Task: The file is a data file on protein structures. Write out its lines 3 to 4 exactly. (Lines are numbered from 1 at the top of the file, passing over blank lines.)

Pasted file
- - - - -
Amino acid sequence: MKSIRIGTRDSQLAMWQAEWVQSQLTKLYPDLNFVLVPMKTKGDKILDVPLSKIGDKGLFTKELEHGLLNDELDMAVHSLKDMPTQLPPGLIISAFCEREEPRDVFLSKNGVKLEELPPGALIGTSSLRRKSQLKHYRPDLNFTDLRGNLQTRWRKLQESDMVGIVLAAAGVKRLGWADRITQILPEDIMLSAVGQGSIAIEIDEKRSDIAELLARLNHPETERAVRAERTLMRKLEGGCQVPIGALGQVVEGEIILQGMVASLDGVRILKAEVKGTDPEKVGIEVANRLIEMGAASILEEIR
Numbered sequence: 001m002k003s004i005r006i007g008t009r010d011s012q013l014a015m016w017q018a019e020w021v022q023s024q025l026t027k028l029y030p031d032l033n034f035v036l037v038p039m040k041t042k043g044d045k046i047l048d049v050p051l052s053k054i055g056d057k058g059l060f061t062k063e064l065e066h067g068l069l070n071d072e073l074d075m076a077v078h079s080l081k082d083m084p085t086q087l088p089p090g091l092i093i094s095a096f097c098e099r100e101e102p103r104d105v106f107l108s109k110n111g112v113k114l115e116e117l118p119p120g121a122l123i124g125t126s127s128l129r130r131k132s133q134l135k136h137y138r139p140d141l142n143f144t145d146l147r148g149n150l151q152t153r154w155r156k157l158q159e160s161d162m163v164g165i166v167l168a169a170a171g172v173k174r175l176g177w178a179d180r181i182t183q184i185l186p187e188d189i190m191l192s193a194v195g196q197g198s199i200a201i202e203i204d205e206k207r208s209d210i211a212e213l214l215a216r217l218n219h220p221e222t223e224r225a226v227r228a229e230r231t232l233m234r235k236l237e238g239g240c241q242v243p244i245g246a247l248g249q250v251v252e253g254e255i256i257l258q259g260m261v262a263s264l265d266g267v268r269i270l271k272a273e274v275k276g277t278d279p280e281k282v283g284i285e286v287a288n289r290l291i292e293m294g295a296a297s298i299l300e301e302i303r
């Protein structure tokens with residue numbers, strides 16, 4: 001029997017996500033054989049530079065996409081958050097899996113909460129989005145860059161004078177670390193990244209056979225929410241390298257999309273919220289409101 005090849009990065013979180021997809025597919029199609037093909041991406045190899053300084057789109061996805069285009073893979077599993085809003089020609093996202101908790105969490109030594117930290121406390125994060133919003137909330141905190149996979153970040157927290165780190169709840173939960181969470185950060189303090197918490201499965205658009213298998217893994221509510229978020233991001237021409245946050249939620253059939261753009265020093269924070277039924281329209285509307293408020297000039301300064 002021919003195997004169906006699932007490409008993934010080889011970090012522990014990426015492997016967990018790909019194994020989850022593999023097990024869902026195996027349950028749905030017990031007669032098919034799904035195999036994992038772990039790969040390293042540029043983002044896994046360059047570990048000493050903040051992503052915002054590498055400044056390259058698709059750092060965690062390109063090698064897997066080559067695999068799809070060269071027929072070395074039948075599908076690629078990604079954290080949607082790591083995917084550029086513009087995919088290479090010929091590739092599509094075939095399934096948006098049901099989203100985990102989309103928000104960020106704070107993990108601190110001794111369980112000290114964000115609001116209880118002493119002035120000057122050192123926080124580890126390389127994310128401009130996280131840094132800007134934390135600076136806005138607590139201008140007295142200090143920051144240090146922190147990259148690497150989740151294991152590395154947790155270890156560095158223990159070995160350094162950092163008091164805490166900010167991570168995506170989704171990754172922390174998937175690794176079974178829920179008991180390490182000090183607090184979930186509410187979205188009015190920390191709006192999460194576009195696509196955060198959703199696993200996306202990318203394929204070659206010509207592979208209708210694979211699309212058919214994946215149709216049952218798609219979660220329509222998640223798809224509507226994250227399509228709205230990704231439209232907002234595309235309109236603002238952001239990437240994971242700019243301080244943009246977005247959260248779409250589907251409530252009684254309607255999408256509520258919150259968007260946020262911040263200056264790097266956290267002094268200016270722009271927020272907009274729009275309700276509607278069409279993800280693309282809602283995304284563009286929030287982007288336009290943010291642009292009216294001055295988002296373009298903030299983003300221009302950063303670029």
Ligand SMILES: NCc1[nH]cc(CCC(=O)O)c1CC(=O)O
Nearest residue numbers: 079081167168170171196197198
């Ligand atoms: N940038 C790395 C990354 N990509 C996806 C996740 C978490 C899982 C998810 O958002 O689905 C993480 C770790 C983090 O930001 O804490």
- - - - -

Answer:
């Protein structure tokens with residue numbers, strides 16, 4: 001029997017996500033054989049530079065996409081958050097899996113909460129989005145860059161004078177670390193990244209056979225929410241390298257999309273919220289409101 005090849009990065013979180021997809025597919029199609037093909041991406045190899053300084057789109061996805069285009073893979077599993085809003089020609093996202101908790105969490109030594117930290121406390125994060133919003137909330141905190149996979153970040157927290165780190169709840173939960181969470185950060189303090197918490201499965205658009213298998217893994221509510229978020233991001237021409245946050249939620253059939261753009265020093269924070277039924281329209285509307293408020297000039301300064 002021919003195997004169906006699932007490409008993934010080889011970090012522990014990426015492997016967990018790909019194994020989850022593999023097990024869902026195996027349950028749905030017990031007669032098919034799904035195999036994992038772990039790969040390293042540029043983002044896994046360059047570990048000493050903040051992503052915002054590498055400044056390259058698709059750092060965690062390109063090698064897997066080559067695999068799809070060269071027929072070395074039948075599908076690629078990604079954290080949607082790591083995917084550029086513009087995919088290479090010929091590739092599509094075939095399934096948006098049901099989203100985990102989309103928000104960020106704070107993990108601190110001794111369980112000290114964000115609001116209880118002493119002035120000057122050192123926080124580890126390389127994310128401009130996280131840094132800007134934390135600076136806005138607590139201008140007295142200090143920051144240090146922190147990259148690497150989740151294991152590395154947790155270890156560095158223990159070995160350094162950092163008091164805490166900010167991570168995506170989704171990754172922390174998937175690794176079974178829920179008991180390490182000090183607090184979930186509410187979205188009015190920390191709006192999460194576009195696509196955060198959703199696993200996306202990318203394929204070659206010509207592979208209708210694979211699309212058919214994946215149709216049952218798609219979660220329509222998640223798809224509507226994250227399509228709205230990704231439209232907002234595309235309109236603002238952001239990437240994971242700019243301080244943009246977005247959260248779409250589907251409530252009684254309607255999408256509520258919150259968007260946020262911040263200056264790097266956290267002094268200016270722009271927020272907009274729009275309700276509607278069409279993800280693309282809602283995304284563009286929030287982007288336009290943010291642009292009216294001055295988002296373009298903030299983003300221009302950063303670029």
Ligand SMILES: NCc1[nH]cc(CCC(=O)O)c1CC(=O)O